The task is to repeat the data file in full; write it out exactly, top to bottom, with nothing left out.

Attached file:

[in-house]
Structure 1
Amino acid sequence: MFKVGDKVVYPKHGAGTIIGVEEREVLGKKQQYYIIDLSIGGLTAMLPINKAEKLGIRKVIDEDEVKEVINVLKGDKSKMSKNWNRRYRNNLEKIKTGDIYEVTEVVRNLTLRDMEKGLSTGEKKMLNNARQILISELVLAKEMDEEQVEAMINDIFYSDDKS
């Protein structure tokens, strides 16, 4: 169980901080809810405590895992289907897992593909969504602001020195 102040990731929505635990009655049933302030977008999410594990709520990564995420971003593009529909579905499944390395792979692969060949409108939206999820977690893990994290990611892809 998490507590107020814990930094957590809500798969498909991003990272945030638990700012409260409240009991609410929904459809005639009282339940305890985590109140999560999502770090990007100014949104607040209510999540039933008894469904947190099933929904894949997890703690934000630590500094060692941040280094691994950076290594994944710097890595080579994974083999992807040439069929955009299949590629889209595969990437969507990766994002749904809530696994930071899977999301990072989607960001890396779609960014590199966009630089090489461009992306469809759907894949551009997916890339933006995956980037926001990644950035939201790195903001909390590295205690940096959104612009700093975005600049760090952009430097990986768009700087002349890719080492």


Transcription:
[in-house]
Structure 1
Amino acid sequence: MFKVGDKVVYPKHGAGTIIGVEEREVLGKKQQYYIIDLSIGGLTAMLPINKAEKLGIRKVIDEDEVKEVINVLKGDKSKMSKNWNRRYRNNLEKIKTGDIYEVTEVVRNLTLRDMEKGLSTGEKKMLNNARQILISELVLAKEMDEEQVEAMINDIFYSDDKS
């Protein structure tokens, strides 16, 4: 169980901080809810405590895992289907897992593909969504602001020195 102040990731929505635990009655049933302030977008999410594990709520990564995420971003593009529909579905499944390395792979692969060949409108939206999820977690893990994290990611892809 998490507590107020814990930094957590809500798969498909991003990272945030638990700012409260409240009991609410929904459809005639009282339940305890985590109140999560999502770090990007100014949104607040209510999540039933008894469904947190099933929904894949997890703690934000630590500094060692941040280094691994950076290594994944710097890595080579994974083999992807040439069929955009299949590629889209595969990437969507990766994002749904809530696994930071899977999301990072989607960001890396779609960014590199966009630089090489461009992306469809759907894949551009997916890339933006995956980037926001990644950035939201790195903001909390590295205690940096959104612009700093975005600049760090952009430097990986768009700087002349890719080492």